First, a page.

LAMAR COUNTY, MS (WDAM) - What started as a small group of women with breast cancer getting coffee together about eight years ago is now a support group offering strength and friendship to more than 40 people with many different types of cancer.
"Kim Aust and I were two of a group of five ladies that got together for coffee to discuss cancer," said Kerrie Barron, co-facilitator of the support group. "We all had a common bond, and unfortunately, it was cancer. We got together to just support one another and get information from one another."
Barron said it wasn't long before they realized there were others battling cancer in the greater Hattiesburg area who also needed that kind of camaraderie.
"We found out there were many more than five that needed support and needed help," Barron said. "About three years ago, Kim came up with the idea to open it up to all cancer survivors because there are not a lot of support groups in the area."
It was about three year ago when then-33-year-old mother of two Anunciata Schwebel was diagnosed with breast cancer after finding a lump during a self exam.
"I was at work, and I felt a tingling in my breast. I reached up and felt, and I felt this hard, concrete, smooth knot that was never there before," Schwebel said. "Two weeks went by, and I was having lunch with a friend. She's a nurse, and it came up in conversation. She was like 'well, let me feel it.' So she felt it, and she immediately was very concerned and said 'you need to go get this checked. It wouldn't hurt, just go get it checked.'"
Schwebel called her OBGYN for an appointment, and had a mammogram, ultrasound and biopsy the next day.
"Two days later, I get a phone call, and I have a two centimeter tumor invasive ductal carcinoma," Schwebel said. "I remember getting the phone call. I just remember him saying 'it's cancer.' My husband just wrapped his arms around me and held me real tight, and I cried. And I screamed. And I just fell apart. And mama's don't fall apart like that."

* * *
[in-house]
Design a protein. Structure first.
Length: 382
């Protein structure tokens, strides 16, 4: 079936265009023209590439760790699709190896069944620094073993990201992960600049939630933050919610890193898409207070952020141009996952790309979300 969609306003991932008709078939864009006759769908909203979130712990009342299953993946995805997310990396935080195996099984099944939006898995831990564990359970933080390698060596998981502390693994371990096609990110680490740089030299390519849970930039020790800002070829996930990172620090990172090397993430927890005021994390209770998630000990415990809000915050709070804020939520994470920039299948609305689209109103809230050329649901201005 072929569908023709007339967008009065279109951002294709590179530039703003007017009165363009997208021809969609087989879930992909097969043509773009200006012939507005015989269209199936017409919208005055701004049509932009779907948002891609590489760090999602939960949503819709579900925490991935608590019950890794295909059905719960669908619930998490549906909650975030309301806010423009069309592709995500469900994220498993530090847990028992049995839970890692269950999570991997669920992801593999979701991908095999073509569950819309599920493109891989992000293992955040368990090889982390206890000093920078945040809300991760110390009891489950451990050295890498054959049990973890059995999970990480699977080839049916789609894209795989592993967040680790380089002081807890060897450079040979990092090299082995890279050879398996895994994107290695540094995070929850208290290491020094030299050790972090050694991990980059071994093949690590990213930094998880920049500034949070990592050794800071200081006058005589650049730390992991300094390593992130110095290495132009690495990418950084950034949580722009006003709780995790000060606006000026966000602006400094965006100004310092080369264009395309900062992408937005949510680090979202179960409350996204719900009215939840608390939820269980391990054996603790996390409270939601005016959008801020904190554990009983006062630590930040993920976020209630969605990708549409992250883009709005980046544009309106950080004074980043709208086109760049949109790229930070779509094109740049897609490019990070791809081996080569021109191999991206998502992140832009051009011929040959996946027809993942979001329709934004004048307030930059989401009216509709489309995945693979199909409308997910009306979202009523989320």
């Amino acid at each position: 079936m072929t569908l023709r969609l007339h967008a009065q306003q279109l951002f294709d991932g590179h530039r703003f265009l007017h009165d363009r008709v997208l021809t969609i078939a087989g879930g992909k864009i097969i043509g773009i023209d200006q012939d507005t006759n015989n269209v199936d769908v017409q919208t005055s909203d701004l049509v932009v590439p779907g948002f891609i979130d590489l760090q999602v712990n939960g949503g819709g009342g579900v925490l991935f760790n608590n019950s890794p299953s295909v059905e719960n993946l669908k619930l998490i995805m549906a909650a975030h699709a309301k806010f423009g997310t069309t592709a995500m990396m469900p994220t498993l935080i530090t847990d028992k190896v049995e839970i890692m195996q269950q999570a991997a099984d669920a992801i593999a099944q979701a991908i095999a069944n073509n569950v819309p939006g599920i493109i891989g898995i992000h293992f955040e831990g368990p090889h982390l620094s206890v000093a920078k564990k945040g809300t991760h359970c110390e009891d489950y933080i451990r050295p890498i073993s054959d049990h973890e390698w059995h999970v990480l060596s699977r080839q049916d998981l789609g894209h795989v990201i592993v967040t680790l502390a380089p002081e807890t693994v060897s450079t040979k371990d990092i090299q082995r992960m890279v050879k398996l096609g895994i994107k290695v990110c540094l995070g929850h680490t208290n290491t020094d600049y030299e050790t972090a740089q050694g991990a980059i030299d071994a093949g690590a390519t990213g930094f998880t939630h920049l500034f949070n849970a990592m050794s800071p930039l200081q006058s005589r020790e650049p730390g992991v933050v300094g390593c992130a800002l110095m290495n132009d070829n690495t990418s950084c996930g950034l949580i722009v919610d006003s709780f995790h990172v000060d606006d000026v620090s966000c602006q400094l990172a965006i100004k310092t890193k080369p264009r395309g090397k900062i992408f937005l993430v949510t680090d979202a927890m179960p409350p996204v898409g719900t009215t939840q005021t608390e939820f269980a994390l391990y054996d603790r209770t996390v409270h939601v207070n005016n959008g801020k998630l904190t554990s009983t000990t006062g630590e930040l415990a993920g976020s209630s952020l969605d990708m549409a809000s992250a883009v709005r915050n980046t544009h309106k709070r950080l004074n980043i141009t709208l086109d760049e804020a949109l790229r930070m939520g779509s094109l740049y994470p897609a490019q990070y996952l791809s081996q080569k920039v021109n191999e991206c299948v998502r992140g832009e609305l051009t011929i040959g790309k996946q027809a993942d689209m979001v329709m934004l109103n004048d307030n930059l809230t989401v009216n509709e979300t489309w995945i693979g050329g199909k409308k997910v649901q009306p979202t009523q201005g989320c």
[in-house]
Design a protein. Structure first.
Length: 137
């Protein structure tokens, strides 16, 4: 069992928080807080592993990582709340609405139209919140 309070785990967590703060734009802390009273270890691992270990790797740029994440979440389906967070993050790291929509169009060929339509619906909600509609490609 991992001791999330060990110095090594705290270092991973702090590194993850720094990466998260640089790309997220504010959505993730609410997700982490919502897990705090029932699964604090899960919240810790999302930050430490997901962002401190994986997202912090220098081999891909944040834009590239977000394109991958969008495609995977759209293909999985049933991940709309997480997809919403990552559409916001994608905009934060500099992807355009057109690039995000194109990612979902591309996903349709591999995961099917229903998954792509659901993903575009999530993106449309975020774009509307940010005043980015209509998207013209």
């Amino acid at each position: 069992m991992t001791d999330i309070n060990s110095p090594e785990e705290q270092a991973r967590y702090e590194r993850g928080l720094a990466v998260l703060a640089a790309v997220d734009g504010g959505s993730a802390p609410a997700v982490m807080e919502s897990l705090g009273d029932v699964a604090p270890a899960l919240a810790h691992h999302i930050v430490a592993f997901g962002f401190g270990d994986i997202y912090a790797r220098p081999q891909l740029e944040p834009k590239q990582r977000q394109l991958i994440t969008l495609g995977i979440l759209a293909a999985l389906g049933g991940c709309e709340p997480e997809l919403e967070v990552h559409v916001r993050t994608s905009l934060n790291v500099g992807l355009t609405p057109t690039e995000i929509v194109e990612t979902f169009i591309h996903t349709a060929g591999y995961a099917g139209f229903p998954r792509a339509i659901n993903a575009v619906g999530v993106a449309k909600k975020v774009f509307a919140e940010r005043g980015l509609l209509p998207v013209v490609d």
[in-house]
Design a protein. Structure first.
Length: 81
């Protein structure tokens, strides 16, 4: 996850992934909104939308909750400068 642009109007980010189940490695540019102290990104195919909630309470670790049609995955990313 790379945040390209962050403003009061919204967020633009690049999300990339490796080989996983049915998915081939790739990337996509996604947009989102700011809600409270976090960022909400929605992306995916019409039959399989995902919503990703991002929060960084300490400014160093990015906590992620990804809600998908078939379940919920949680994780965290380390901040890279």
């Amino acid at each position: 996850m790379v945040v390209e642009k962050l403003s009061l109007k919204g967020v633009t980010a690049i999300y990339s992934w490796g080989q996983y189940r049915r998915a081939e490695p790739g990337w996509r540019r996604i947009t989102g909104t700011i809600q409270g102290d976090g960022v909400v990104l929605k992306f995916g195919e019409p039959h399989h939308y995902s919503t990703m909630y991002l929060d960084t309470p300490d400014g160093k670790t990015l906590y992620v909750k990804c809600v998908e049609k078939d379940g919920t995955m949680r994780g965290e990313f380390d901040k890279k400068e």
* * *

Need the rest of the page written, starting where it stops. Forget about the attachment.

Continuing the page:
Schwebel said the six rounds of chemotherapy treatments, 17 targeted therapy injections and five surgeries impacted not only her health, but her children as well.
"They got me up every morning," Schwebel said. "I mean, I had to be strong for them. I'd try to keep it normal for them when I was sick, and it was hard for them. It was really hard to tell them because even though they were 8 and 10 at the time, I remember telling my son. He was 10, and I said the word 'cancer,' and he just fell to pieces. I mean because everybody we know it seems like they die. I had to be strong for them, and I was strong. I was strong a lot, and they really didn't get to see me too bad off. If I was really sick I would just close the door. They just couldn't handle it. My little girl, she was 8, and she was such a big helper. She knew I was sick. I lost my hair, and they didn't care. They just kept on with it. My little girl, she was in second grade, and it was hero week (at school) or something. You had to dress like your hero, so she wrapped her head in a scarf and put one of my 'team Nunci' shirts on. And she went to school like that. And it just made my hearts so great because she thought I was her hero."
Barron said, "Obviously fear is the biggest factor in being diagnosed with cancer."
Schwebel said, "So many things are going through your mind. When you hear that word 'cancer,' you just automatically think death."
Both women say being able to speak with others who understand that fear firsthand and can share ways to combat it is a big benefit of the support group.